Senior grows with college experience

By Mike Linn

They’ve met significant others; learned to function on little or no sleep; and have merrily embraced the university social scene during their time at Eastern New Mexico University.
Now they move on, a degree on their resume and memories to last a lifetime tattooed safely in their minds.
Some call it the college experience, and for 407 ENMU seniors it will end at 10 a.m. Saturday when they graduate at Greyhound Arena.
Monica Johnson is one of those seniors, graduating with a health and physical education degree. She came to Portales five years ago from Capitan, about 140 miles southwest of Portales.
She arrived at ENMU feeling like a Social Security number with a tuition check; she said she’s leaving with friends that will last a lifetime and a smorgasbord of experiences branded in her memory.
“College has taught me a lot of time management responsibilities, and a lot of personal and self growth,” said Johnson, who works as server at Red Lobster in Clovis.
Upon arrival her freshman year, she decided to dip her feet in the social pool via the university Greek system, joining the Zeta sorority to make friends.
The 23-year-old said five years of college has taught her many things, among them the art of club dancing and how to quench the pallet with various sorts of ale.
“Lots of beer drinking,” she joked.
She will move to Denver after graduation to live with a friend she met at ENMU, where she plans to “figure out life,” and of course have some fun along the way.
Like Johnson, Colleen Wright, 23, also plans on moving to Denver following her graduation on Saturday.
An Albuquerque native, Wright came to ENMU and immediately got homesick, not necessarily because she missed her parents, but because she missed the big city.
“At first I wasn’t too happy about the transition,” she said. “I wasn’t homesick, just city sick. It was difficult for just a little while but the atmosphere, the campus life itself got rid of that real quick.”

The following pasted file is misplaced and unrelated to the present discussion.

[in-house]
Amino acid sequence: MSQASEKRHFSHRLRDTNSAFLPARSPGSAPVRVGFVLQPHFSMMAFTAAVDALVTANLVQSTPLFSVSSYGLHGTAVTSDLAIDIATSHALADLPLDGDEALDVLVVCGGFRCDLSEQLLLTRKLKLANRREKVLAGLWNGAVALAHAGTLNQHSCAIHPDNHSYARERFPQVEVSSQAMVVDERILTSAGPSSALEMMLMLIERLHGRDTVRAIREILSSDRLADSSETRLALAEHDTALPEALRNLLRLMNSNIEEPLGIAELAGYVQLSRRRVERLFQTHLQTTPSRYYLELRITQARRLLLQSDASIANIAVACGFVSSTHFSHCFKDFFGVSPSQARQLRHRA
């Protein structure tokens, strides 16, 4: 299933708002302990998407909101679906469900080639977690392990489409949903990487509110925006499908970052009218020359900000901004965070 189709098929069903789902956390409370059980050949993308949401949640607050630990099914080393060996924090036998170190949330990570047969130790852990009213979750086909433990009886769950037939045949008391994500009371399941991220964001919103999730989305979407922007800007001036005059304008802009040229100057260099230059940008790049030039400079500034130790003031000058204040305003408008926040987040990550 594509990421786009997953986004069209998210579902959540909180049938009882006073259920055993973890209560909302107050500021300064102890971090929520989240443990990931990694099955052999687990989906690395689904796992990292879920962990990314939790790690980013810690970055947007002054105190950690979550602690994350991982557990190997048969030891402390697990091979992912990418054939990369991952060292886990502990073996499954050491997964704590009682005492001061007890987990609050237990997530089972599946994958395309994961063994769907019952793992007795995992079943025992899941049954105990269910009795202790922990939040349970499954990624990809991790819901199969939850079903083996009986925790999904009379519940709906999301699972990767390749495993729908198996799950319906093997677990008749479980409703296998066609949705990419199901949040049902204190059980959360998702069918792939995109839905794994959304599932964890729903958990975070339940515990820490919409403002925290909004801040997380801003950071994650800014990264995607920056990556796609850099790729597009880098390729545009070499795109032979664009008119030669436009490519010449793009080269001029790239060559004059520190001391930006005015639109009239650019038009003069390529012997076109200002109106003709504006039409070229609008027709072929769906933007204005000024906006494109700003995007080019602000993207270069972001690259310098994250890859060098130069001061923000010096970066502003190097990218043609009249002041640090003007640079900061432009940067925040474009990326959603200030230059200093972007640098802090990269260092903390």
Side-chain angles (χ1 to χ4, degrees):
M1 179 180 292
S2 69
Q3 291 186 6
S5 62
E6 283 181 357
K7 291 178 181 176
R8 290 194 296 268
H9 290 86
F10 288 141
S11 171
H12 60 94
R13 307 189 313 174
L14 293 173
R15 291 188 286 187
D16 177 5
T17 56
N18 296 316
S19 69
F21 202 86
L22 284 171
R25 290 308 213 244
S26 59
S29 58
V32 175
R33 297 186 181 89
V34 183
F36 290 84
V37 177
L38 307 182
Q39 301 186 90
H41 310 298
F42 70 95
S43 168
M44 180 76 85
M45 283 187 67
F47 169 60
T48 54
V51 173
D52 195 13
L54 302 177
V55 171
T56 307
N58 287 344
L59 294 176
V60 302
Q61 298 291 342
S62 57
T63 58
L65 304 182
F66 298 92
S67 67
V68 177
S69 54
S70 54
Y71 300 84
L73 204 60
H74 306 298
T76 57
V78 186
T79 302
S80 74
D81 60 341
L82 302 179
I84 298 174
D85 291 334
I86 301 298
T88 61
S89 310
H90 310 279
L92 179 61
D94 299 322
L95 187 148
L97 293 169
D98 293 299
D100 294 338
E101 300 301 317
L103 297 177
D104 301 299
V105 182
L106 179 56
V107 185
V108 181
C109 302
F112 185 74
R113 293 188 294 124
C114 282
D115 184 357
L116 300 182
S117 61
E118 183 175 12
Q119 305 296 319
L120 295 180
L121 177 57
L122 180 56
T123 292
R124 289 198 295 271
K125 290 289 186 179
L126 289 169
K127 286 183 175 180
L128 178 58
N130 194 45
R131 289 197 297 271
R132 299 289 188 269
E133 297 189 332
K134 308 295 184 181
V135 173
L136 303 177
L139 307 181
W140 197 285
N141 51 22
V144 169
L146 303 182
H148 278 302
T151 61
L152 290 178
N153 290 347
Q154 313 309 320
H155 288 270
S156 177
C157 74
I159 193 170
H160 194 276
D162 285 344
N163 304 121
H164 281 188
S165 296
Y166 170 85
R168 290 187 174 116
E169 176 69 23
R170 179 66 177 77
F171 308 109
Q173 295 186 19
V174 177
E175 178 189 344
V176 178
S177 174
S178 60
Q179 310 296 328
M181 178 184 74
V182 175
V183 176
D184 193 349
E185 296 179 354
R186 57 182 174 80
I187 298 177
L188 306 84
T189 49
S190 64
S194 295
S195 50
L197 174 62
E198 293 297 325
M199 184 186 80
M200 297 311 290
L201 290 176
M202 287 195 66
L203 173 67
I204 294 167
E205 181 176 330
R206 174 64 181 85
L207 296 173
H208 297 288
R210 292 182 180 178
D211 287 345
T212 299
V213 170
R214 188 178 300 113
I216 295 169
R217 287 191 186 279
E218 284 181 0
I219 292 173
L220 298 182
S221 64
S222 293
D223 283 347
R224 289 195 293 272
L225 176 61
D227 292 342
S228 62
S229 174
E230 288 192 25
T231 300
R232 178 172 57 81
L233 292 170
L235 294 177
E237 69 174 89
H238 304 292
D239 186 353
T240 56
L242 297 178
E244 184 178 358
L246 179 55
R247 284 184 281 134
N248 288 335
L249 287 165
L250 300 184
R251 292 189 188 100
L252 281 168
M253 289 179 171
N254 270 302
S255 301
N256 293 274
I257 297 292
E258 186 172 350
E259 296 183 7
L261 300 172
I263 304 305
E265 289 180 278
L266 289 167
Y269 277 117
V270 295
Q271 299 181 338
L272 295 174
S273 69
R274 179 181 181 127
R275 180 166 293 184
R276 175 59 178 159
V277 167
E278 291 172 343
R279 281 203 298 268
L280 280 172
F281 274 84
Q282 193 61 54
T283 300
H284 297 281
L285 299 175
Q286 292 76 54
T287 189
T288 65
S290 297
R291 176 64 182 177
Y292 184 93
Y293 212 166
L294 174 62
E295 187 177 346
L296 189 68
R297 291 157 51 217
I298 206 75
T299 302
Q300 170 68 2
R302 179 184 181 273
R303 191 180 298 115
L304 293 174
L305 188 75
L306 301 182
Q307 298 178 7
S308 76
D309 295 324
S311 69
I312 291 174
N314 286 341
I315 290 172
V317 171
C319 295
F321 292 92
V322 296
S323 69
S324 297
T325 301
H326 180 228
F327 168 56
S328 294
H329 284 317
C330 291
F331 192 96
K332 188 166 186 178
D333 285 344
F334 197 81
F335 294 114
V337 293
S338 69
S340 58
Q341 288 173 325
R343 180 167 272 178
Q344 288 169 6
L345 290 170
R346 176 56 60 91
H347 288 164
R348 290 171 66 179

Wright decided to embrace the college community with a rush of giddy anticipation early on. She joined Chi Omega sorority and at one point served on the student senate.
“College helped me come out of my shell,” Wright said. “It wasn’t that I was shy in high school, just not as involved. It (getting involved in organizations) was almost addicting. You meet so many people and it’s a fun way to socialize and it definitely made my college life better.”
Wright will graduate with a degree in university studies and communications. She already has a few interviews set up in Denver.
Wright said with years of college comes growth, independence and life skills, the ones that guide her when eyes become lazy and deadlines are just ahead.
“Mainly I learned time management, and how to work on less sleep,” she said.
Shane Brown, 22, said he learned similar skills, as well as how to resist those long college road trips.
A Portales native, Brown was already privy to the environment here, and as a freshman he often took off into the night with friends to far off places.
A typical destination would be Lubbock, where he and his buddies would party and head home around 5 a.m.
Brown learned that as he got older, the lack of sleep began to aversely affect his mind the next day. He said he has since curbed his late-night vices.
Brown, who will graduate Saturday with a degree in public relations, plans on moving to Albuquerque, where his girlfriend lives. He said he has a management job waiting at Abercrombie and Fitch, a transition many other graduates will face in the not-too-distant future.
“I can tell once I join the real world it will be like 40 hours a week, eight hours a day, nine to five,” Brown said. “Now I can go out on a Thursday night, have a couple of drinks with buddies and not have to worry about getting up too early the next morning. Now that I’m graduating I’ll have to be responsible, can’t do the same things anymore.”